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Le Jour Se Leve - 75th Anniversary Edition  [Blu-ray]
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Marcel Carné directs this classic French romantic drama starring Jean Gabin. François (Gabin), a factory worker, has love affairs with a flower girl, Françoise (Jacqueline Laurent), and a performer, Clara (Arletty), both of whom have been involved with seedy, older man Valentin (Jules Berry). When the two men come face-to-face a jealous François ends up killing Valentin. As the police close in on him, François barricades himself in a small room, going over the events which led him into such desperate straits.
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The story is a sad one but gripping throughout. The sombre mood reflects the era in which the film was made, shortly before WWII and the Nazi occupation of France. It's interesting to see, among the disc's extras, which scenes the Vichy government chose to cut. The extras also include a short documentary about the painstaking restoration process and a very long one covering just about anything you might want to know about Marcel Carné, Jacques Prévert, all the main actors and the film's place in cinema history. It's excellent, but be warned, it's longer than the film itself!
was a rumour that Hollywood had destroyed all copies. I have not been disappointed.....
Far more than a noir thriller, the economical deftly deployed flashback structure was a visionary achievement from Carné, elevating the film’s winding, partially obscured motives to a gripping centrepiece that pulls us through the ebb and flow of François’s tragic journey to daybreak. An infatuation with a beautiful young florist (Jacqueline Laurent) is revealed, the subsequent courting and sweet nothings pierced by the intentions of the pompous dog-dancing entertainer Valentin (Jules Barry). A dismissal that dejectedly leads him into the arms of Valentin’s sultry assistant Clara (Arletty) – a supposed affair that propels François towards his ruinous downfall amongst smoke and bullets. Roaming between past and present Carné permits the story to take shape at its own pace, favouring a realist tone that builds François’s character with every elegantly scripted scene.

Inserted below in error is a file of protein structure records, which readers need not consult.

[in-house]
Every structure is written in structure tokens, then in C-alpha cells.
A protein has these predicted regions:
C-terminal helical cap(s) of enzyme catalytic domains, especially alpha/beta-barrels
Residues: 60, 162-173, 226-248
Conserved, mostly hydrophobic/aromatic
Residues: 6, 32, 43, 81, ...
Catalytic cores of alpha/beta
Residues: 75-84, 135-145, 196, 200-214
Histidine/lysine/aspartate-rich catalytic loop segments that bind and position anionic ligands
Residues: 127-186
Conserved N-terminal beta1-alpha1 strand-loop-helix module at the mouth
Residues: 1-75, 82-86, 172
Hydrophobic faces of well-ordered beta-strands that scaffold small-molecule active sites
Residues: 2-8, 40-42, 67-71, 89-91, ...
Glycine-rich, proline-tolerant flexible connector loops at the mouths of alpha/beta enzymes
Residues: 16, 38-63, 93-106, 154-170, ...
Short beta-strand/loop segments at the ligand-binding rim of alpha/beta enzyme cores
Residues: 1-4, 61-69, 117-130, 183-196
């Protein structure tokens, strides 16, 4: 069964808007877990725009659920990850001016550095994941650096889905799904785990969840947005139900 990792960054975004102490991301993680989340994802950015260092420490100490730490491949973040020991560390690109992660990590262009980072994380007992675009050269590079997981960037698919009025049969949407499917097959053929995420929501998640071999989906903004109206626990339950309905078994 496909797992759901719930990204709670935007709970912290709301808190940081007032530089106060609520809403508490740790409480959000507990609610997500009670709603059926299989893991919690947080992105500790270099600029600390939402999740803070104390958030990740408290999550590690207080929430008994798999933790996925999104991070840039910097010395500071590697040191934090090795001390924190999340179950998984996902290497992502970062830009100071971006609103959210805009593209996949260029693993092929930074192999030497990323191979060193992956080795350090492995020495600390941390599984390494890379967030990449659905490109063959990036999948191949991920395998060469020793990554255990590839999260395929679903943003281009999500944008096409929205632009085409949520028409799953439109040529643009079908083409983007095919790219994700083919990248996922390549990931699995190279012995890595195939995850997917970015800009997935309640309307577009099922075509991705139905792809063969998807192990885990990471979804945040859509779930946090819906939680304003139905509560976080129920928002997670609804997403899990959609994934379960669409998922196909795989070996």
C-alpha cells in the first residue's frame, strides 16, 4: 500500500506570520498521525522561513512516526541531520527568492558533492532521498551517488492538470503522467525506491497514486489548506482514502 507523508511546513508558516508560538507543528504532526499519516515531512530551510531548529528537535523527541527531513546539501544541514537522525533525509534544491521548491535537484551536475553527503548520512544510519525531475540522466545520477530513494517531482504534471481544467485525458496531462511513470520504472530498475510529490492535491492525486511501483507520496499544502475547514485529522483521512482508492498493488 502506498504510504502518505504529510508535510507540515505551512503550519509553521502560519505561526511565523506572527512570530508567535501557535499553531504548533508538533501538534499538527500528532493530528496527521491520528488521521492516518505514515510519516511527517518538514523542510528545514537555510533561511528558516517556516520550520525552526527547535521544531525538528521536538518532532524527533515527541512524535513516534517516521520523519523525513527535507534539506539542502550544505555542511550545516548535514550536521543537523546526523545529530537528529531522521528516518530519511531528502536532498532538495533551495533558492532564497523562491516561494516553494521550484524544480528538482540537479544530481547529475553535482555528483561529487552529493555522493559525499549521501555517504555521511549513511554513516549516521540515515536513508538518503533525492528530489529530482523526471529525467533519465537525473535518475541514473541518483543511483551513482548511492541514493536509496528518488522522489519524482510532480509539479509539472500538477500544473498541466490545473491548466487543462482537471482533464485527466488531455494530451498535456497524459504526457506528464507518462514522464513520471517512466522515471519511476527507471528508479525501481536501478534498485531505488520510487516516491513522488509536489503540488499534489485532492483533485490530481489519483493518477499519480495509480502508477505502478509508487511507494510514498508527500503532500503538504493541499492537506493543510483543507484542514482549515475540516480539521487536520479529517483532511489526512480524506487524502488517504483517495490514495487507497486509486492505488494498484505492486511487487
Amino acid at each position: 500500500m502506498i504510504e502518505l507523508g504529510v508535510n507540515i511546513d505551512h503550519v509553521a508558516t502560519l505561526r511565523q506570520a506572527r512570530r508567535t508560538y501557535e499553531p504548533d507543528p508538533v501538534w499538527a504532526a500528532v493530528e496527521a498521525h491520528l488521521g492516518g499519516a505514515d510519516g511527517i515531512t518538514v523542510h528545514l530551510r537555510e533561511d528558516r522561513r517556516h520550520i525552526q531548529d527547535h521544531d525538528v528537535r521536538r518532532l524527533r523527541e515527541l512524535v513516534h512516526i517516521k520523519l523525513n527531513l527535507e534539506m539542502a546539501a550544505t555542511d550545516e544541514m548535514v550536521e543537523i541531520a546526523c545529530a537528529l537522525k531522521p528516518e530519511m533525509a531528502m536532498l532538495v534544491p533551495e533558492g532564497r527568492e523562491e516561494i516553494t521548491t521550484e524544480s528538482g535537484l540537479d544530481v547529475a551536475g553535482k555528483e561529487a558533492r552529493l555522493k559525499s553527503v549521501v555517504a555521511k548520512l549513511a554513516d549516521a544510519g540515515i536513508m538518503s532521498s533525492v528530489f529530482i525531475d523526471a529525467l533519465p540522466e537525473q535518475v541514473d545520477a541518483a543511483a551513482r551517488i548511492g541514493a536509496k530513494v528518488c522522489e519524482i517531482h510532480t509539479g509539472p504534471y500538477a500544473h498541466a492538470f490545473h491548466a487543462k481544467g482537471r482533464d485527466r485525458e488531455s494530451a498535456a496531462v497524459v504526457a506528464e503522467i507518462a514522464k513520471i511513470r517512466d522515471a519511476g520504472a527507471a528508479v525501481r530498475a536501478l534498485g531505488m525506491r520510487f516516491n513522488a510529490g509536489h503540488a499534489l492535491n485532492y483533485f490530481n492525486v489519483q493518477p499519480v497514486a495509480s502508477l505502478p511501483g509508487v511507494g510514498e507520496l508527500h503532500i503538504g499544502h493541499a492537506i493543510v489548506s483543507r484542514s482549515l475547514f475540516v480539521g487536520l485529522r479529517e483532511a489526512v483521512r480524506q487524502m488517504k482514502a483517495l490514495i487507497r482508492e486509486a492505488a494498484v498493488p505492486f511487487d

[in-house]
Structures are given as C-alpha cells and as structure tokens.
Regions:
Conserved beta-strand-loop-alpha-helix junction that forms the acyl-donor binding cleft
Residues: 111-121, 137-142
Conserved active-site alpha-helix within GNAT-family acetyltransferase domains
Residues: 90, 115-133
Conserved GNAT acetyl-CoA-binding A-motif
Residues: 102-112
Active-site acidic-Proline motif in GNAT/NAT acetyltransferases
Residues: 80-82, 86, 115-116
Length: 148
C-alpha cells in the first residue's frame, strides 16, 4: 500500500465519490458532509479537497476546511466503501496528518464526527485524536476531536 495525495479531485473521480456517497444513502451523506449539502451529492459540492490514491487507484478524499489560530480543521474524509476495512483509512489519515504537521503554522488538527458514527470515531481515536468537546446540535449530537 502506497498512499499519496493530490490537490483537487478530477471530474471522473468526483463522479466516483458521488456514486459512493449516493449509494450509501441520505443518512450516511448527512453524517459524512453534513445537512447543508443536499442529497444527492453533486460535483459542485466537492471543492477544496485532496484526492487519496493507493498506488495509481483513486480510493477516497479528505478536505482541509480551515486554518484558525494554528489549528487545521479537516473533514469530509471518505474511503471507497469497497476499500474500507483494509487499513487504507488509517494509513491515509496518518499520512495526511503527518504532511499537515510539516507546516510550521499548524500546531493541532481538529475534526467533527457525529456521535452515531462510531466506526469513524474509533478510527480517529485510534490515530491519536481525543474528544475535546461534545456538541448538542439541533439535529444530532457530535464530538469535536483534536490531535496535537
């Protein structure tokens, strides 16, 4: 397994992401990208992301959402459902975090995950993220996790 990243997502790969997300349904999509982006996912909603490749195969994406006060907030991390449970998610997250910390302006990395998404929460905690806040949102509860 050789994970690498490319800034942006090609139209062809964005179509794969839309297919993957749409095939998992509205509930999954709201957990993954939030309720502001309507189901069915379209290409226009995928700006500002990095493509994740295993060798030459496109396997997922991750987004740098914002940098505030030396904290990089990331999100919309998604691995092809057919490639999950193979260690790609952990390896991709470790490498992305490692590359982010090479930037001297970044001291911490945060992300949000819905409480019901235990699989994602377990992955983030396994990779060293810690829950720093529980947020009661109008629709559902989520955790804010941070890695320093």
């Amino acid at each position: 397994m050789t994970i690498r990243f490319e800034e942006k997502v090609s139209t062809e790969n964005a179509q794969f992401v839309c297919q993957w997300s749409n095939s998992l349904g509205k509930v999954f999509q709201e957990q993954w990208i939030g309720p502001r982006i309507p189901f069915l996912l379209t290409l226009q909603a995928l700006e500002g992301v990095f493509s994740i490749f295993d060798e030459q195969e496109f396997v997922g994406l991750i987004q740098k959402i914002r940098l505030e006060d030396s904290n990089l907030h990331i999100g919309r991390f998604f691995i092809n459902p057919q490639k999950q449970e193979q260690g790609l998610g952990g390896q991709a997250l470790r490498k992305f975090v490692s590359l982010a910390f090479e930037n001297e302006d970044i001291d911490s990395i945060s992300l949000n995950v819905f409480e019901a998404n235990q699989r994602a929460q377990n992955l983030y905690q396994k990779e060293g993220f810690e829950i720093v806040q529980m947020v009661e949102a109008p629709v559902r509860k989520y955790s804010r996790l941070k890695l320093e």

With one twinkling eye, and one of deepest sadness, Gablin cuts a protagonist of considerable conflicted depth. A soft hearted romantic. A callused handed working man. Stung by love, and stung by the misery of life – his fate is written in relentless routine and preordained tragedy. It is with this poetic allegory for the life of the blue collar stiff that Carné bathes the entire picture – culminating in a stunning closing shot that rivals any in cinematic history for its composition, lingering pathos and sheer tragic beauty.
“People in love are said to be more alive than others.”
Receiving an immaculately restored reissue in celebration of its 75th anniversary, what is perhaps most staggering is how fresh and current its themes feel. Sure, the monochromatic shadows cut dramatically, the focus blurs into vaseline soft vignettes, and the performances have that pinched quality of the era – but here is a film about something; forgoing melodrama and convention it powers beyond thrills to comment on the world of its setting. Class war, the macabre media fascination with death, rash police action in urban Paris – Le Jour Se Lève hasn’t aged a day.
Poetic realism of the highest order, Marcel Carné’s classic will be as relevant and gut wrenching in a further 75 years. There will always be sorrow at daybreak for those at the bottom. Stepped on, stepped over and broken hearted – François is all three.
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